Books of Historical Interest-History of Western Iowa-1882-Discovery and Occupation




The settlement of Dunlap began in the summer of 1867, the prior settlement, which was virtually its beginning, however, being the town of Olmstead, to which reference has been made hitherto. The Olmstead settlement was known as the Yankee settlement, as its founders and population—if the latter word is not to comprehensive for so small a town—were from New England.

Of this Olmstead settlement it may be said that Henry Olmstead, H.B. Lyman, Edward Brace, and Calvin Nay, came together in the autumn of 1855 from Connecticut; J.L. Roberts came in November of the same year. The same autumn witnessed the arrival of James Welch, who settled on what is known as the Sam. Ettinger farm, about thirteen miles south of Dunlap. During the same autumn E.P. Brown built a log house about one-half mile west of Galland's Grove, in Harrison Township. A man named Riley, a native of Connecticut, came the same autumn in search of health.

About the last of November, 1855, Olmstead, Riley, and Roberts assembled on the townsite of Olmstead, and voted a township organization. Olmstead was Chairman of the meeting, Riley was the Clerk, and Roberts sustained the important role of "voter." Both Riley and Olmstead are now dead. Riley died in Connecticut; Olmstead was killed by a runaway team. The latter was the first County Supervisor for Harrison township, L. Kellogg, the next, and was succeeded by Roberts, whose term of office included the year during which the settlement of Dunlap was begun.

Like the "paper towns" in Iowa and elsewhere, Olmstead was not doomed to anything but a transitory existence. The establishement of the line of the C. & N.W. Railroad elsewhere than had been expected terminated the existence of a number of towns, and Olmstead was among the number.

Dunlap is located on section 3, township 81, range 41, and was platted by the Cedar Rapids Land Company in 1867. The town was incorporated in the spring of 1871. Its first officers were: L. G. Tubbs, Mayor; Frank Griffin, Recorder; S.M. Williams, W.C. Chapman, B.F. Carpenter, W.P. Webster, J.R. Wheeler, Trustees; Samuel Baird, Marshal; S.J. Patterson, Treasurer; William Magden, Solicitor; William Sears, Street Commissioner; H.W. Cotton, Assessor.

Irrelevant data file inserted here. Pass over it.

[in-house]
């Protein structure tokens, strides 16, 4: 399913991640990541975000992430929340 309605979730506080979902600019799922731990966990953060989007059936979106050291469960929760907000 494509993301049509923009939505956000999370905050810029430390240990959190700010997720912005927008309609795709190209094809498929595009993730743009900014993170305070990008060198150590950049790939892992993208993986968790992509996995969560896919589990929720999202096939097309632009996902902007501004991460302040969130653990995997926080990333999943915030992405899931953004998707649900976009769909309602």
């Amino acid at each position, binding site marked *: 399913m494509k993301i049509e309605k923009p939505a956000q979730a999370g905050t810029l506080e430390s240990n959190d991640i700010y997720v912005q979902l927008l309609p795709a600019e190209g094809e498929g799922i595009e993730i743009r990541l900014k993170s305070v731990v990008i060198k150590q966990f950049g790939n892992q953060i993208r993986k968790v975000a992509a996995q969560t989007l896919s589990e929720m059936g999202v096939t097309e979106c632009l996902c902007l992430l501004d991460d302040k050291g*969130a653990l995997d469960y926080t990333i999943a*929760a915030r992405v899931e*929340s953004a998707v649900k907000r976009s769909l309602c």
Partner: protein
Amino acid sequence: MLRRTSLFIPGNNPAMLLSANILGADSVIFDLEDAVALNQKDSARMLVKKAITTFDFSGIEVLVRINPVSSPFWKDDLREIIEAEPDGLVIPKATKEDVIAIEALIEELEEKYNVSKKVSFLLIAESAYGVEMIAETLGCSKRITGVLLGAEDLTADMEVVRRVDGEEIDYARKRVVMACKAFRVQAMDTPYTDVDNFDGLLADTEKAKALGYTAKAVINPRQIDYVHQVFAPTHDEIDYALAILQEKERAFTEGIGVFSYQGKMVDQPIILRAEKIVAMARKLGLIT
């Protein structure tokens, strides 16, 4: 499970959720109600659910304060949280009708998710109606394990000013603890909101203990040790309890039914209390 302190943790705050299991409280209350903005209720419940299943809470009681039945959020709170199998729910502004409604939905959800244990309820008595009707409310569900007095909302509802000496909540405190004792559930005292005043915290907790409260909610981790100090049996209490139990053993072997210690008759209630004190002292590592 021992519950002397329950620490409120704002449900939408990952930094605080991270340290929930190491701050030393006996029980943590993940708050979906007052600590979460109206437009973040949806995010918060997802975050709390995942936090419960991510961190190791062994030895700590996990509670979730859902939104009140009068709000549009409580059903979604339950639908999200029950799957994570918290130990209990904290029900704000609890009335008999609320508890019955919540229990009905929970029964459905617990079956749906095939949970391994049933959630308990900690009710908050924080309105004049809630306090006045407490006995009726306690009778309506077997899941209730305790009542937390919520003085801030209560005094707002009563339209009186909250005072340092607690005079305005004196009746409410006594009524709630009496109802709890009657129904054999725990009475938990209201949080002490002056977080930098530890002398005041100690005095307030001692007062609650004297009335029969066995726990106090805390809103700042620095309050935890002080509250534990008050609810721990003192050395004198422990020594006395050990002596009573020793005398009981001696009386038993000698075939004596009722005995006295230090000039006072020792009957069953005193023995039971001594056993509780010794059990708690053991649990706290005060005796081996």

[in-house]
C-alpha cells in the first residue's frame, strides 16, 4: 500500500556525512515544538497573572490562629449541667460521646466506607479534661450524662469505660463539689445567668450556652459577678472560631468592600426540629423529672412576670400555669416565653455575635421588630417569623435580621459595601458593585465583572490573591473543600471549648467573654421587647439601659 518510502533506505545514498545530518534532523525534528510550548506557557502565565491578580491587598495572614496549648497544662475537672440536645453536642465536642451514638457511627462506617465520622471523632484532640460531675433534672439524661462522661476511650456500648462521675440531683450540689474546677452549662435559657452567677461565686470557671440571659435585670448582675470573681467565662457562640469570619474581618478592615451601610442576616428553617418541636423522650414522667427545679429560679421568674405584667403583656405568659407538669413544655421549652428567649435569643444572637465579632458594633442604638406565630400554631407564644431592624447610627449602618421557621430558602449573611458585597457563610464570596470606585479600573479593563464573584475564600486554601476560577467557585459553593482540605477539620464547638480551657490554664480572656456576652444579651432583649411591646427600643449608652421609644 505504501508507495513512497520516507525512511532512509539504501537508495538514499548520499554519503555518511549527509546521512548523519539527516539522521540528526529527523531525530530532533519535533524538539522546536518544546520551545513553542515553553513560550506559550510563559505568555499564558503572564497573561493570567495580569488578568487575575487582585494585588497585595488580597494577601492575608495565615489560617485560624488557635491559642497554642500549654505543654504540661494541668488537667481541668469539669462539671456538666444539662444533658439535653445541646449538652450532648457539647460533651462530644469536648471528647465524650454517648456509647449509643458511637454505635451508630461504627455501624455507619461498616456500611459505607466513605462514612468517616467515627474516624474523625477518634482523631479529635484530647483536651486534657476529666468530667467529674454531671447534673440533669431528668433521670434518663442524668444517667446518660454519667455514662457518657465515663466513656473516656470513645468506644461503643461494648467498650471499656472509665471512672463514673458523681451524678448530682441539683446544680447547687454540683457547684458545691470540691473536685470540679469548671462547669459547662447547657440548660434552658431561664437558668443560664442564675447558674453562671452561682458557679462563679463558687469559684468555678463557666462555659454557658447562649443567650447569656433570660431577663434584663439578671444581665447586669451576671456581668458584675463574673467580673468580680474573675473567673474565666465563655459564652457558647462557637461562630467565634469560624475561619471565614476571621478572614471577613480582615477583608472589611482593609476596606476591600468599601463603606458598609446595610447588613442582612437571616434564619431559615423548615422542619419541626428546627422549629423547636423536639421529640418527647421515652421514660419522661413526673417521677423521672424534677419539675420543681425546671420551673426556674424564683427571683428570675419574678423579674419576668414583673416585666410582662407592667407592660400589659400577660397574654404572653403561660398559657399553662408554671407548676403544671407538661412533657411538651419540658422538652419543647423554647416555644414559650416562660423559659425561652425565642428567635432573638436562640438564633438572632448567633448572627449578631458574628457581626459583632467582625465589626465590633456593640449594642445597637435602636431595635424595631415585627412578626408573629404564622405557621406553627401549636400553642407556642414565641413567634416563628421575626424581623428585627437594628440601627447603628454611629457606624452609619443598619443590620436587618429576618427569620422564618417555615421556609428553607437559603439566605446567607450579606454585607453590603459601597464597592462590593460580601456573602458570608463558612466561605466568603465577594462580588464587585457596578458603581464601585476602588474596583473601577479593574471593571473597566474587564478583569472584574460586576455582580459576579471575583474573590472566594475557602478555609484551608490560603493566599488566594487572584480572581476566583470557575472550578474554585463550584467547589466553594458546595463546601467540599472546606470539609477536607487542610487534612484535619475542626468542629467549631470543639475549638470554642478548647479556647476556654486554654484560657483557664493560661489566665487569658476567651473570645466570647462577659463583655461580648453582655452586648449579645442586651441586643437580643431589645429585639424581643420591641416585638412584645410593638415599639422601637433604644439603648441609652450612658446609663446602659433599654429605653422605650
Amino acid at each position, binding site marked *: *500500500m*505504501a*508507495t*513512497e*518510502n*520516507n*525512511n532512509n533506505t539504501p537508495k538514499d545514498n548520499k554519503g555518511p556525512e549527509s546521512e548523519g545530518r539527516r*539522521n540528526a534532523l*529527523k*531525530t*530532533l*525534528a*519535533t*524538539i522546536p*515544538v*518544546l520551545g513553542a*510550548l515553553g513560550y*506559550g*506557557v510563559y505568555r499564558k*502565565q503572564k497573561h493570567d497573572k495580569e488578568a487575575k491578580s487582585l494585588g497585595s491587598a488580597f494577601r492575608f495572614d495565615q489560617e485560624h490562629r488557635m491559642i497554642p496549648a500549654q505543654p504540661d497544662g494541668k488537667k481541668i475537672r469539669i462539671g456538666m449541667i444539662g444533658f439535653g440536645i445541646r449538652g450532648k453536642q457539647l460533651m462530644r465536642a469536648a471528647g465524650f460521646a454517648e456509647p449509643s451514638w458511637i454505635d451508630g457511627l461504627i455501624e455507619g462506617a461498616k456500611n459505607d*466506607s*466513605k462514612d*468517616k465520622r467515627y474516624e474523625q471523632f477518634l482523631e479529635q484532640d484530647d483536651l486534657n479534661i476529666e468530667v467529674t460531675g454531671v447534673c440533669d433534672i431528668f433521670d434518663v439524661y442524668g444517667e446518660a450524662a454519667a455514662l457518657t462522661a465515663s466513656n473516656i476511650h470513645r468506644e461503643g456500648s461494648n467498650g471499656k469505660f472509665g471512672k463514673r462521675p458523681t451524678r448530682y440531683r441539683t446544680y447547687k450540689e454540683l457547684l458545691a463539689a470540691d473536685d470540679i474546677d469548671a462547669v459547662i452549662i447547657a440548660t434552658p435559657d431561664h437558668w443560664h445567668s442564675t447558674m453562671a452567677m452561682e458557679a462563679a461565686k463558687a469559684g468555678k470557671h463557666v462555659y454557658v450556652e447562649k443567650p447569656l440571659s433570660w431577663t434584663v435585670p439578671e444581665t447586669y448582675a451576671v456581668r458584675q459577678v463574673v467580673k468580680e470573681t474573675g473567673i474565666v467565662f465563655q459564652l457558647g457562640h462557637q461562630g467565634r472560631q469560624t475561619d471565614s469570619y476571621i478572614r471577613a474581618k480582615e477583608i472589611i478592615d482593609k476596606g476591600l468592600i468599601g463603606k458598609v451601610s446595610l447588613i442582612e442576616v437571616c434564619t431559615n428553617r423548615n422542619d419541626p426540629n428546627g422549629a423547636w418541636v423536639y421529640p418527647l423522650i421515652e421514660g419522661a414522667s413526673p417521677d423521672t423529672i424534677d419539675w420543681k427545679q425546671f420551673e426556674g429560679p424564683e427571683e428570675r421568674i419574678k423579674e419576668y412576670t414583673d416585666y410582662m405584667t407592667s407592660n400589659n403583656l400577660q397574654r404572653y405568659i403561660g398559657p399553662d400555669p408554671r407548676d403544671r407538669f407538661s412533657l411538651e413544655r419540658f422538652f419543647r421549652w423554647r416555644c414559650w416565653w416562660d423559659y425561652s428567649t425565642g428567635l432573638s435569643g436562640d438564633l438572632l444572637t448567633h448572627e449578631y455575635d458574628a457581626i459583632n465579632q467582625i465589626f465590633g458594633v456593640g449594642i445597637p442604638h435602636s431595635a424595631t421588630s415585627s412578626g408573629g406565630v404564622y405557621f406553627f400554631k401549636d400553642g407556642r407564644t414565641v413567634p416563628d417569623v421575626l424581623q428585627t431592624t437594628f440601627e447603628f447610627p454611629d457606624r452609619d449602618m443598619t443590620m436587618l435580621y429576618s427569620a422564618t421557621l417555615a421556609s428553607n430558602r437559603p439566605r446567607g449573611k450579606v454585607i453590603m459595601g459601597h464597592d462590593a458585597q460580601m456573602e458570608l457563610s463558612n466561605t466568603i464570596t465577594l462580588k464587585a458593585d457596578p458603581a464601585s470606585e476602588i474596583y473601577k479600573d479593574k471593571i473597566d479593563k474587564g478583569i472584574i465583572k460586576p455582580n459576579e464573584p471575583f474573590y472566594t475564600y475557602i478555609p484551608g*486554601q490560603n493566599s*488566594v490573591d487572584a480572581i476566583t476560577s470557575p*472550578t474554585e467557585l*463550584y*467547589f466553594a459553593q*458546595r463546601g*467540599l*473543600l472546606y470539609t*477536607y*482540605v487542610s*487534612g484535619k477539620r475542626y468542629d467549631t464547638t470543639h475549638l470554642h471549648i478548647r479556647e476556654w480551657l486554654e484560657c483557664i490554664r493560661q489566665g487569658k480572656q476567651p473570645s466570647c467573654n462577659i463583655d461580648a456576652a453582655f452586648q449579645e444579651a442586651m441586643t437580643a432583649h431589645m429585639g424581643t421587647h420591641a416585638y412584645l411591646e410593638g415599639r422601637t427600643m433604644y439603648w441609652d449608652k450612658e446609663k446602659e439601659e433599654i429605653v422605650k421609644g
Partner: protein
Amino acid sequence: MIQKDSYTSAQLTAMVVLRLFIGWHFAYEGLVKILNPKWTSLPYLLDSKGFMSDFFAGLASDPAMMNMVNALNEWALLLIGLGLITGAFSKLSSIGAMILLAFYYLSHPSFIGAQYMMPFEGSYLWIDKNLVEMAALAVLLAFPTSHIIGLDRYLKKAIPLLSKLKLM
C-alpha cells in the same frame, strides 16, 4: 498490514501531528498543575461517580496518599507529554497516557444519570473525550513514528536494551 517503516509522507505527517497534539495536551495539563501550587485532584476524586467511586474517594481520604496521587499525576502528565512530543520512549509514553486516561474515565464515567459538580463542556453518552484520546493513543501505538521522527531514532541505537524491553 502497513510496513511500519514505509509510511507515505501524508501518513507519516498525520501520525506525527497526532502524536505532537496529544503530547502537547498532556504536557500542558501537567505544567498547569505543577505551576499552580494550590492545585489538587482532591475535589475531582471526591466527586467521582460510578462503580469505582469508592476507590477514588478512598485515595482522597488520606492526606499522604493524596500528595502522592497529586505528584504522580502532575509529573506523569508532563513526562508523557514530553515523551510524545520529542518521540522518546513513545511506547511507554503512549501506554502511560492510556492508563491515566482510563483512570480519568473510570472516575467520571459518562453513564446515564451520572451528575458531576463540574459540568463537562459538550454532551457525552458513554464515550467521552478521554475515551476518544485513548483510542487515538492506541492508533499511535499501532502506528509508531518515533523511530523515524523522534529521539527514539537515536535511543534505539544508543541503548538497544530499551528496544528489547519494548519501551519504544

The following are the present town officers: F.W. Olmstead, Mayor; D.T. Stubbs, Recorder; O.P. Simmons, G.W. Chamberlin, John Noonan, Charles Gager, G.P. Moorhead, E.R. Cadwell, Council; E.K. Burch, Solicitor; J.B. Patterson, Treasurer; W. Van Slyke, Marshal. Board of Education: S.J. Patterson, President; R.R. Balard, Secretary; J.A. Nay, M. Barrett, M. Roberts, H.W. Gleason, W.C. Chapman, J. Van Scoy.

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Dunlap Bank, a prosperous and substantial institution, was organized in 1871, the firm at first being Clark, Kellogg & Thompson, and afterwards Kellogg, Morehead & Thompson. The present firm are Kellogg, Morehead, Satterlee & Patterson. L. Kellogg is president, S.L. Amsden, Cashier, David Stubbs, Assistant Cashier. The bankk bulding, a handsome brick structure, was erected in 1879.

The town was named by the Railroad Company in honor of one of its officials. Its population, according to the census of 1880, is 1,418; its present population is fully 1,500.

AMong the leading industries may be mentioned I. Scholfield's flouring mill, which was erected in the summer of 1871. This mill is about five-eighths of a mile west of Dunlap, is 32x66 feet in dimensions, and three stories high, has four run of stones, and a capacity of sixty barrels per day. This mill has all the machinery for making the patent flour; but is mainly employed in doing custom work, a very large amount of which comes to it. Mr. Scholfield also owns a grain elevator at Denison.